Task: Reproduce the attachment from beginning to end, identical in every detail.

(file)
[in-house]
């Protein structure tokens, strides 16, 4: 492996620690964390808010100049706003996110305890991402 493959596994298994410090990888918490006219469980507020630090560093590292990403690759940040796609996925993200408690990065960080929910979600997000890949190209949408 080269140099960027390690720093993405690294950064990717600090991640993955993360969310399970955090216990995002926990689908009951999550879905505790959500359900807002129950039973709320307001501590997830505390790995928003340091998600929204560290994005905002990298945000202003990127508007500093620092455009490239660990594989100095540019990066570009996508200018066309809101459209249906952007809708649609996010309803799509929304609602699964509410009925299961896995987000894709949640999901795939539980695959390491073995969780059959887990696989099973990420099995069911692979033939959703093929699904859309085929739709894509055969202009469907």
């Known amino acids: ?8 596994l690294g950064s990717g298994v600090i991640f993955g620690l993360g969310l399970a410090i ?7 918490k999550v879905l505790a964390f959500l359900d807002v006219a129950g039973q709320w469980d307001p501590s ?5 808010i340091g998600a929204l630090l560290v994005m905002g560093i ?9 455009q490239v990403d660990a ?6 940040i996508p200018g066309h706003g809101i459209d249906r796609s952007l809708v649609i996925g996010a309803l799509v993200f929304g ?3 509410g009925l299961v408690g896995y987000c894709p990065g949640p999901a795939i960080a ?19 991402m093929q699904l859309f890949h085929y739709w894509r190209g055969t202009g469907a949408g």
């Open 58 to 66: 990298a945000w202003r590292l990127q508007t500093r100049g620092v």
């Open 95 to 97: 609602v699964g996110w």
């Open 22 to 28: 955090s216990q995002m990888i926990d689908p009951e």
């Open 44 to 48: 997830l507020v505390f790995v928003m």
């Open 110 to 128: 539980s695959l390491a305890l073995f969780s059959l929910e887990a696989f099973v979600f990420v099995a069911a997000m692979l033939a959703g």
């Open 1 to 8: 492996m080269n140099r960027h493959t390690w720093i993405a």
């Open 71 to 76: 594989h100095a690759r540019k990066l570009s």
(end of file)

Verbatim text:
[in-house]
């Protein structure tokens, strides 16, 4: 492996620690964390808010100049706003996110305890991402 493959596994298994410090990888918490006219469980507020630090560093590292990403690759940040796609996925993200408690990065960080929910979600997000890949190209949408 080269140099960027390690720093993405690294950064990717600090991640993955993360969310399970955090216990995002926990689908009951999550879905505790959500359900807002129950039973709320307001501590997830505390790995928003340091998600929204560290994005905002990298945000202003990127508007500093620092455009490239660990594989100095540019990066570009996508200018066309809101459209249906952007809708649609996010309803799509929304609602699964509410009925299961896995987000894709949640999901795939539980695959390491073995969780059959887990696989099973990420099995069911692979033939959703093929699904859309085929739709894509055969202009469907």
């Known amino acids: ?8 596994l690294g950064s990717g298994v600090i991640f993955g620690l993360g969310l399970a410090i ?7 918490k999550v879905l505790a964390f959500l359900d807002v006219a129950g039973q709320w469980d307001p501590s ?5 808010i340091g998600a929204l630090l560290v994005m905002g560093i ?9 455009q490239v990403d660990a ?6 940040i996508p200018g066309h706003g809101i459209d249906r796609s952007l809708v649609i996925g996010a309803l799509v993200f929304g ?3 509410g009925l299961v408690g896995y987000c894709p990065g949640p999901a795939i960080a ?19 991402m093929q699904l859309f890949h085929y739709w894509r190209g055969t202009g469907a949408g």
């Open 58 to 66: 990298a945000w202003r590292l990127q508007t500093r100049g620092v």
């Open 95 to 97: 609602v699964g996110w």
């Open 22 to 28: 955090s216990q995002m990888i926990d689908p009951e």
């Open 44 to 48: 997830l507020v505390f790995v928003m």
């Open 110 to 128: 539980s695959l390491a305890l073995f969780s059959l929910e887990a696989f099973v979600f990420v099995a069911a997000m692979l033939a959703g």
């Open 1 to 8: 492996m080269n140099r960027h493959t390690w720093i993405a």
């Open 71 to 76: 594989h100095a690759r540019k990066l570009s």